Employees today are immersed in tech, almost from the moment our eyes open in the morning until we close them at night. Smart phones are always at hand; laptops and tablets help us work on the go; we are teleconferencing in the office; and in some cases technology has helped us do our job without ever leaving our home. But are they getting more done? Very recently, Dell and Intel have released their Global Evolving Workforce Study containing some very crucial insights in this regard. According to the study, 1 in every 4 employees globally report they are influenced by the technology provided to them at work and are more likely to accept a new position if they are provided better technology that increases their productivity. Again, 46% of employees feel that technology has made them more productive, and has enabled them to communicate faster with co-workers. The numbers explain how today’s employees feel about technology, and what impact it has on their productivity and performance. Since this study included nearly 5,000 workers in 12 countries, the stats cover diverse geographic locations and working environments. The data provided is very interesting in its inclusiveness, but it leads us to our next question:
How Does Technology Trigger Productivity?
If you ask me, I think tools are driving employees to engage with technology in a way that helps them get more done in less time. I’d argue that the sense of greater productivity is arising from the adoption of various tech tools that make tasks such as reading and answering e-mails, searching and collecting information, communicating and collaborating internally, and other role-specific tasks much easier and less time consuming.
We often hear about technology being a distraction: The chime of a text message, the addictive pull of social media, and the expansive world of the internet at our finger tips. True, technology can be quite distracting and employees are struggling to find the middle ground. But, technology is not the only productivity-killer, an increasing number of employees are complaining about having to deal with noisy co-workers, work overload, and information overload, reports a recent survey. Are these contributors killing productivity any less than tech distractions?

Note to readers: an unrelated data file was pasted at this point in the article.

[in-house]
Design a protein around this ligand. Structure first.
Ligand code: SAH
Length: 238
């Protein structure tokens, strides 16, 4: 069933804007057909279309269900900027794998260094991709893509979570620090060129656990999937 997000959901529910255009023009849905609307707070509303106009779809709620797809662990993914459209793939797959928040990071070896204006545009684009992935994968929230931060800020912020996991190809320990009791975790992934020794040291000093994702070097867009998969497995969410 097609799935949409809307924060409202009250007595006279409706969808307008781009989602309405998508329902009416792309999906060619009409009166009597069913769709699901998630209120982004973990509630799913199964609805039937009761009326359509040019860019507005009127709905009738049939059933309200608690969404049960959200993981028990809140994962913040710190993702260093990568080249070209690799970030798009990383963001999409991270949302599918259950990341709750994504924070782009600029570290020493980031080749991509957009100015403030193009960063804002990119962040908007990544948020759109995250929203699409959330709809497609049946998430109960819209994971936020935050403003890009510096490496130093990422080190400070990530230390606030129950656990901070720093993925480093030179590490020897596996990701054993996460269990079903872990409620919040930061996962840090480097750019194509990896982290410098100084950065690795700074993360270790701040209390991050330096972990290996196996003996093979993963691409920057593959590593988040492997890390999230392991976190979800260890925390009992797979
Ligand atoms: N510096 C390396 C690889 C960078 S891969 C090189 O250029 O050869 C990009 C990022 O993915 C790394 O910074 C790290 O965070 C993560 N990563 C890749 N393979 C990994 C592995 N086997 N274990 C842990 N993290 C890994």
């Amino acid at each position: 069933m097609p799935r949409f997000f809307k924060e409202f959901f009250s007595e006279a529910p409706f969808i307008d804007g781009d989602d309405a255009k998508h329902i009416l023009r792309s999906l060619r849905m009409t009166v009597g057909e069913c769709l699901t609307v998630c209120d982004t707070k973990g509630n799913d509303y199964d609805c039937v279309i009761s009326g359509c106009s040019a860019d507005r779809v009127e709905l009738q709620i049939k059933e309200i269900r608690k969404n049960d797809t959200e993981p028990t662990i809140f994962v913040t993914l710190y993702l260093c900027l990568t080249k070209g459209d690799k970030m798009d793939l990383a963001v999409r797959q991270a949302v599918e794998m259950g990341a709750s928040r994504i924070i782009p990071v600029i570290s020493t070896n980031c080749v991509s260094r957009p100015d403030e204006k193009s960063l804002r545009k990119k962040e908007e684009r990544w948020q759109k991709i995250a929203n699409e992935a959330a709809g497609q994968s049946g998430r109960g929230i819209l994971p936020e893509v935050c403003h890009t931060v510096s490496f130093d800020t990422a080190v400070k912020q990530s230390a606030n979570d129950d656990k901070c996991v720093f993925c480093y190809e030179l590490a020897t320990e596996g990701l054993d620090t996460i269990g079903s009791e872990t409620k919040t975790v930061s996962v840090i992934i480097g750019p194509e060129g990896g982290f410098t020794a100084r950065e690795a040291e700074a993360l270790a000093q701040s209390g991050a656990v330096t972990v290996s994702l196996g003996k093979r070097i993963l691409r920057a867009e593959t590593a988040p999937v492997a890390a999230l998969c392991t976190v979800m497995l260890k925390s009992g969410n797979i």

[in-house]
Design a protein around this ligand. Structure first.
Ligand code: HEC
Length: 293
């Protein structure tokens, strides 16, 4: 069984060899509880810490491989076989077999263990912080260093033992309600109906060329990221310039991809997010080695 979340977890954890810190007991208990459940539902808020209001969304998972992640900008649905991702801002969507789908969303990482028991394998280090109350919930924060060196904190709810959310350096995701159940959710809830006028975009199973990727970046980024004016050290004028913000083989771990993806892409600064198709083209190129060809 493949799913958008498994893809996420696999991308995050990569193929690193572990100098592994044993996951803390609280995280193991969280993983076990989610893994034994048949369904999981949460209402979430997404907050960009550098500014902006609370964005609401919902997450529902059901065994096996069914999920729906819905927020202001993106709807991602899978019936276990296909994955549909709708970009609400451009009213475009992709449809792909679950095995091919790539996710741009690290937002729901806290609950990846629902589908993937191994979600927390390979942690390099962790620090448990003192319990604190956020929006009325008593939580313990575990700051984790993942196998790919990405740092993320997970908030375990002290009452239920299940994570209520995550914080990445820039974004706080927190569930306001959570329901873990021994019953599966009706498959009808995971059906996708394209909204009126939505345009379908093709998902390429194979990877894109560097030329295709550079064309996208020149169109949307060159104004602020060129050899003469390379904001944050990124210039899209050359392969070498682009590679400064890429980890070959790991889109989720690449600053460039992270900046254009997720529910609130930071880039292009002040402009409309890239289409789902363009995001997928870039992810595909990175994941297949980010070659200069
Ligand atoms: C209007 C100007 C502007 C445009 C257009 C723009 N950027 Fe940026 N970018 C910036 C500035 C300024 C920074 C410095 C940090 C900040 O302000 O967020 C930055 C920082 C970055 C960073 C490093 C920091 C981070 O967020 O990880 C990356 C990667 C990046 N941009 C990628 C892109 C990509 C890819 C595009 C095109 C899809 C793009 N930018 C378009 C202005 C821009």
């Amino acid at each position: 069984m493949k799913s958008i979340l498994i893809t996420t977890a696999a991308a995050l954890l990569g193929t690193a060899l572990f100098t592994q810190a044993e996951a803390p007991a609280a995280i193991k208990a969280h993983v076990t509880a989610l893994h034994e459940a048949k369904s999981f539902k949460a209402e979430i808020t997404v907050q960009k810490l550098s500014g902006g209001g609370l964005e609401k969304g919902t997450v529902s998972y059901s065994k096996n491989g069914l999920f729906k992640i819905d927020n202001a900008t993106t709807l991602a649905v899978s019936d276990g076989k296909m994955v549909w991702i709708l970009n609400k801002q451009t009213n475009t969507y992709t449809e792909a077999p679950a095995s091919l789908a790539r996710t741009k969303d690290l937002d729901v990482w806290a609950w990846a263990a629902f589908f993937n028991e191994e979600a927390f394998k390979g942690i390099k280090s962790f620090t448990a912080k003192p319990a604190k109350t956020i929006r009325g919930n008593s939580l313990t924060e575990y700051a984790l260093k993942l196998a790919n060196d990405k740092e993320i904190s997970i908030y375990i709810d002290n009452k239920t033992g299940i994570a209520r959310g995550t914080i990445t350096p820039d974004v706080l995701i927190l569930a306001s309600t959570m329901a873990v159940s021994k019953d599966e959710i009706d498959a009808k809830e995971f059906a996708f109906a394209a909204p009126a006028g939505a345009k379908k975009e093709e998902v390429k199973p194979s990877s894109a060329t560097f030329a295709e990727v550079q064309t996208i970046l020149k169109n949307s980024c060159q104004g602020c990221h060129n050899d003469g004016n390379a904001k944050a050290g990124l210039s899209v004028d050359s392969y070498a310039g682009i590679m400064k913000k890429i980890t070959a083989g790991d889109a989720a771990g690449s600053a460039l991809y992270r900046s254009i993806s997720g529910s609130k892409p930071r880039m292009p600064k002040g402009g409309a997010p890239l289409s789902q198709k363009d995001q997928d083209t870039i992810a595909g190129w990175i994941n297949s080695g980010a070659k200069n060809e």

Contrary to other productivity-killers, technology serves as a terrific opportunity to empower employees by easing burden on their shoulders. They are able to get their work done more quickly and effortlessly. With more time on their hands, what can we expect to happen?
How Productivity Leads to Innovation
It’s human nature to perform better when we are happy. We tend to feel more satisfied at work when we are less stressed, and a stress-less environment facilitates more opportunities for innovative thinking. Technology gives employees the power to do more, and when employees are empowered and excited they tend to be more creative and more effective. Creativity and effectiveness sound like the perfect ingredients for an environment of innovation.
Technology is leading us to an era of productivity where evolving tools can help us move from problem to solution much faster than ever before, leaving more room for us to create and innovate.
So, do tools directly lead to innovation? My answer is: yes, no, and maybe. An environment of innovation is created by several variables. I think tech-lead innovation will depend on the environment, the purpose of the business, and the tools available to employees. In a world where even small innovation can mean big results for businesses, tools and technology are huge players in the effort to revolutionize.
Do you agree that innovation arises from a blend of tech tools, productivity, and business environment? What role do you see tech tools playing within your business innovation?
Daniel Newman is the Principal Analyst of Futurum Research and the CEO of Broadsuite Media Group. Living his life at the intersection of people and technology, Daniel works with the world’s largest technology brands exploring Digital Transformation and how it is influencing the enterprise. From Big Data to IoT to Cloud Computing, Newman makes the connections between business, people and tech that are required for companies to benefit most from their technology projects, which leads to his ideas regularly being cited in CIO.Com, CIO Review and hundreds of other sites across the world. A 5x Best Selling Author including his most recent “Building Dragons: Digital Transformation in the Experience Economy,” Daniel is also a Forbes, Entrepreneur and Huffington Post Contributor. MBA and Graduate Adjunct Professor, Daniel Newman is a Chicago Native and his speaking takes him around the world each year as he shares his vision of the role technology will play in our future.